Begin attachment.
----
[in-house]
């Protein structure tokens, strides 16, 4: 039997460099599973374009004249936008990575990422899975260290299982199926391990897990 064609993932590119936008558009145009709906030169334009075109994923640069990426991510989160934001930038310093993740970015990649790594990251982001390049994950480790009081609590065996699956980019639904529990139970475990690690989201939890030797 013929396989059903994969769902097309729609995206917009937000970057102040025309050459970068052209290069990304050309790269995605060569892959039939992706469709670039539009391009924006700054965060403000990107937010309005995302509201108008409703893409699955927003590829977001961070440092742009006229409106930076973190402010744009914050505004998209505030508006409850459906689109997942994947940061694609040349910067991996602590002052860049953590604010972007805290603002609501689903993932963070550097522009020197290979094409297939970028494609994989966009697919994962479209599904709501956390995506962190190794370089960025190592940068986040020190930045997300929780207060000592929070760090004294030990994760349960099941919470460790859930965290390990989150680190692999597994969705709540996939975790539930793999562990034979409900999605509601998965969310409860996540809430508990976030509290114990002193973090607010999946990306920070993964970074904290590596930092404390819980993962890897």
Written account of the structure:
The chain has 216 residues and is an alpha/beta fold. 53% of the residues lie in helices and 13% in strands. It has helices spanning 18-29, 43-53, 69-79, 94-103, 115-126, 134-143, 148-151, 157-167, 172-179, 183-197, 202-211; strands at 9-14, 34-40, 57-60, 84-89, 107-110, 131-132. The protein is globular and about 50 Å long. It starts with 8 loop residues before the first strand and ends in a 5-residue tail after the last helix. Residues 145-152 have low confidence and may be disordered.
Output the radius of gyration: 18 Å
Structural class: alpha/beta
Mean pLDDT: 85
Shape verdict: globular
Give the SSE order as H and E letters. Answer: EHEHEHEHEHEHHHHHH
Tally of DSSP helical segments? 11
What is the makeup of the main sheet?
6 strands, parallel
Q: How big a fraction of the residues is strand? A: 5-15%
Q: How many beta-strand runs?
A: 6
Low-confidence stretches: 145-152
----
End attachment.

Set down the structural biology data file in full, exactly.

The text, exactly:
[in-house]
């Protein structure tokens, strides 16, 4: 039997460099599973374009004249936008990575990422899975260290299982199926391990897990 064609993932590119936008558009145009709906030169334009075109994923640069990426991510989160934001930038310093993740970015990649790594990251982001390049994950480790009081609590065996699956980019639904529990139970475990690690989201939890030797 013929396989059903994969769902097309729609995206917009937000970057102040025309050459970068052209290069990304050309790269995605060569892959039939992706469709670039539009391009924006700054965060403000990107937010309005995302509201108008409703893409699955927003590829977001961070440092742009006229409106930076973190402010744009914050505004998209505030508006409850459906689109997942994947940061694609040349910067991996602590002052860049953590604010972007805290603002609501689903993932963070550097522009020197290979094409297939970028494609994989966009697919994962479209599904709501956390995506962190190794370089960025190592940068986040020190930045997300929780207060000592929070760090004294030990994760349960099941919470460790859930965290390990989150680190692999597994969705709540996939975790539930793999562990034979409900999605509601998965969310409860996540809430508990976030509290114990002193973090607010999946990306920070993964970074904290590596930092404390819980993962890897």
Written account of the structure:
The chain has 216 residues and is an alpha/beta fold. 53% of the residues lie in helices and 13% in strands. It has helices spanning 18-29, 43-53, 69-79, 94-103, 115-126, 134-143, 148-151, 157-167, 172-179, 183-197, 202-211; strands at 9-14, 34-40, 57-60, 84-89, 107-110, 131-132. The protein is globular and about 50 Å long. It starts with 8 loop residues before the first strand and ends in a 5-residue tail after the last helix. Residues 145-152 have low confidence and may be disordered.
Output the radius of gyration: 18 Å
Structural class: alpha/beta
Mean pLDDT: 85
Shape verdict: globular
Give the SSE order as H and E letters. Answer: EHEHEHEHEHEHHHHHH
Tally of DSSP helical segments? 11
What is the makeup of the main sheet?
6 strands, parallel
Q: How big a fraction of the residues is strand? A: 5-15%
Q: How many beta-strand runs?
A: 6
Low-confidence stretches: 145-152